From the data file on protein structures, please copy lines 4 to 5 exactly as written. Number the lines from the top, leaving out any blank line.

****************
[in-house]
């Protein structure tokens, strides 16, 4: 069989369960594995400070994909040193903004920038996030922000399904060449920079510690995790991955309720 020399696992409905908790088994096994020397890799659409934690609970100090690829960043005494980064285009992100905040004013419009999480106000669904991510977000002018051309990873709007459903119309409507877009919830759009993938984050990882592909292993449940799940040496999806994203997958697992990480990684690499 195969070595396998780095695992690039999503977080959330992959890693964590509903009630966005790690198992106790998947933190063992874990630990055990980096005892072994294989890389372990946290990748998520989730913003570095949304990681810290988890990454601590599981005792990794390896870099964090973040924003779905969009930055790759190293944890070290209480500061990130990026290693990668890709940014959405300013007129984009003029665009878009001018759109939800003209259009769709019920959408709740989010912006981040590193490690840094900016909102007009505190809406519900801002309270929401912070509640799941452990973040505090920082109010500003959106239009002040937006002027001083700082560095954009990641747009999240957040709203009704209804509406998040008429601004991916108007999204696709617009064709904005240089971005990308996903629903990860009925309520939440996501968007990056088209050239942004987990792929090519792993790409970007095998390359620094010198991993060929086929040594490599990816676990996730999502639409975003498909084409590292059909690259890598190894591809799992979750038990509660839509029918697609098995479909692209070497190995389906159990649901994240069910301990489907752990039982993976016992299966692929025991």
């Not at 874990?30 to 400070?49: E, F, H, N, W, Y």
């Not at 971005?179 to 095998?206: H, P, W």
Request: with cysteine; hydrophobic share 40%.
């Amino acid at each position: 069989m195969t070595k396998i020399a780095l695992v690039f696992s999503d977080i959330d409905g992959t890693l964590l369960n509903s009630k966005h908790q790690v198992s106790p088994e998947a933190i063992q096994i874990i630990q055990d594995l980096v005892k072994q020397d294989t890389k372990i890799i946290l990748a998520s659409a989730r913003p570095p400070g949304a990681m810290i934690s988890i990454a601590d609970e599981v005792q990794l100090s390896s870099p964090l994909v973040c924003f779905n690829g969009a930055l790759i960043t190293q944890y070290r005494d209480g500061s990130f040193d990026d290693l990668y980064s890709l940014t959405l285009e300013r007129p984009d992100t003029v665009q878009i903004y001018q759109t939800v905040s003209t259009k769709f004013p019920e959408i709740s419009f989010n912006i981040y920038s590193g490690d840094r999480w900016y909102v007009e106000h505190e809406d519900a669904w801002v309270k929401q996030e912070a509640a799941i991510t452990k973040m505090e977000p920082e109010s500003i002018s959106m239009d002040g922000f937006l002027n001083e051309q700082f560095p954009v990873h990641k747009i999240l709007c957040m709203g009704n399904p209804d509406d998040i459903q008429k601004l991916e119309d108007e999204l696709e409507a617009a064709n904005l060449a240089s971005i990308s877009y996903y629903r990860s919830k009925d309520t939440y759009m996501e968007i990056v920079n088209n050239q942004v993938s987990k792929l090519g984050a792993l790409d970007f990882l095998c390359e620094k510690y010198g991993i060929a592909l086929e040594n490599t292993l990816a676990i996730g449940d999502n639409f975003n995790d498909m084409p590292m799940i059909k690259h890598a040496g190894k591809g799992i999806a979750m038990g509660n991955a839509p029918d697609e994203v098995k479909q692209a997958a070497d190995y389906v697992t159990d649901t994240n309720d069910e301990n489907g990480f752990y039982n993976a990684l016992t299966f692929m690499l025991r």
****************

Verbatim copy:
């Not at 971005?179 to 095998?206: H, P, W």
Request: with cysteine; hydrophobic share 40%.